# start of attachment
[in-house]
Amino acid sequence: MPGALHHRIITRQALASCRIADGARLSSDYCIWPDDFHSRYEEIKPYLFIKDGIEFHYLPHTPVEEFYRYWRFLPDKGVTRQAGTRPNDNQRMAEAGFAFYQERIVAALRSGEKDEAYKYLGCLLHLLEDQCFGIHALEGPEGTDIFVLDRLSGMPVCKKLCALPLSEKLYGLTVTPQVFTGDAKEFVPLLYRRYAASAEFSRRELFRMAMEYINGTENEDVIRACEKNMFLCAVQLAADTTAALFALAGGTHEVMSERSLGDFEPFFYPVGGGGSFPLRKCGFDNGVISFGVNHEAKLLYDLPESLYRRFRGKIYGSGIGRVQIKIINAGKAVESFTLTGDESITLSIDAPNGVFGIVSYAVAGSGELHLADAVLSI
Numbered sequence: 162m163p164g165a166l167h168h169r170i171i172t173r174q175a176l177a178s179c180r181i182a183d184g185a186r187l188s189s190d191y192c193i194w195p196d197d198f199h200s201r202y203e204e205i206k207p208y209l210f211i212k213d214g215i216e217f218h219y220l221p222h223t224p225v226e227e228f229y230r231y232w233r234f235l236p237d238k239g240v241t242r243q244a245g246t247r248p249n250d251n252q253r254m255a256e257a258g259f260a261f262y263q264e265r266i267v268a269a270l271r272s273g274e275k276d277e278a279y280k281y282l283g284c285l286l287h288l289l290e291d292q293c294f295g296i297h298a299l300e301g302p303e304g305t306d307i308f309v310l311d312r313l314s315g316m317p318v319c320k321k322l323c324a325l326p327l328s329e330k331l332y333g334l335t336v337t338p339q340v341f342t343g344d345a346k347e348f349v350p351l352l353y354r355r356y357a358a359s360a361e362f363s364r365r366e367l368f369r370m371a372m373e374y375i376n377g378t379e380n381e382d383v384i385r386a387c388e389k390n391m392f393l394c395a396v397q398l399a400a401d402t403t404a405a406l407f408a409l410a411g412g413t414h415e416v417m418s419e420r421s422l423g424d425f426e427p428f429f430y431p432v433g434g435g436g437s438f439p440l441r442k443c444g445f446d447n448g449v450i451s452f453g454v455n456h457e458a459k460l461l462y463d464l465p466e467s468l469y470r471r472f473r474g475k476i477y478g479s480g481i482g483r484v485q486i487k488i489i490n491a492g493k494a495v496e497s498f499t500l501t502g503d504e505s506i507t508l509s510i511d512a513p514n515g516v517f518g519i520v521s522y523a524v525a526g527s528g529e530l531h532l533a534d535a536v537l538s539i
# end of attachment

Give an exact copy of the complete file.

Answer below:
[in-house]
Amino acid sequence: MPGALHHRIITRQALASCRIADGARLSSDYCIWPDDFHSRYEEIKPYLFIKDGIEFHYLPHTPVEEFYRYWRFLPDKGVTRQAGTRPNDNQRMAEAGFAFYQERIVAALRSGEKDEAYKYLGCLLHLLEDQCFGIHALEGPEGTDIFVLDRLSGMPVCKKLCALPLSEKLYGLTVTPQVFTGDAKEFVPLLYRRYAASAEFSRRELFRMAMEYINGTENEDVIRACEKNMFLCAVQLAADTTAALFALAGGTHEVMSERSLGDFEPFFYPVGGGGSFPLRKCGFDNGVISFGVNHEAKLLYDLPESLYRRFRGKIYGSGIGRVQIKIINAGKAVESFTLTGDESITLSIDAPNGVFGIVSYAVAGSGELHLADAVLSI
Numbered sequence: 162m163p164g165a166l167h168h169r170i171i172t173r174q175a176l177a178s179c180r181i182a183d184g185a186r187l188s189s190d191y192c193i194w195p196d197d198f199h200s201r202y203e204e205i206k207p208y209l210f211i212k213d214g215i216e217f218h219y220l221p222h223t224p225v226e227e228f229y230r231y232w233r234f235l236p237d238k239g240v241t242r243q244a245g246t247r248p249n250d251n252q253r254m255a256e257a258g259f260a261f262y263q264e265r266i267v268a269a270l271r272s273g274e275k276d277e278a279y280k281y282l283g284c285l286l287h288l289l290e291d292q293c294f295g296i297h298a299l300e301g302p303e304g305t306d307i308f309v310l311d312r313l314s315g316m317p318v319c320k321k322l323c324a325l326p327l328s329e330k331l332y333g334l335t336v337t338p339q340v341f342t343g344d345a346k347e348f349v350p351l352l353y354r355r356y357a358a359s360a361e362f363s364r365r366e367l368f369r370m371a372m373e374y375i376n377g378t379e380n381e382d383v384i385r386a387c388e389k390n391m392f393l394c395a396v397q398l399a400a401d402t403t404a405a406l407f408a409l410a411g412g413t414h415e416v417m418s419e420r421s422l423g424d425f426e427p428f429f430y431p432v433g434g435g436g437s438f439p440l441r442k443c444g445f446d447n448g449v450i451s452f453g454v455n456h457e458a459k460l461l462y463d464l465p466e467s468l469y470r471r472f473r474g475k476i477y478g479s480g481i482g483r484v485q486i487k488i489i490n491a492g493k494a495v496e497s498f499t500l501t502g503d504e505s506i507t508l509s510i511d512a513p514n515g516v517f518g519i520v521s522y523a524v525a526g527s528g529e530l531h532l533a534d535a536v537l538s539i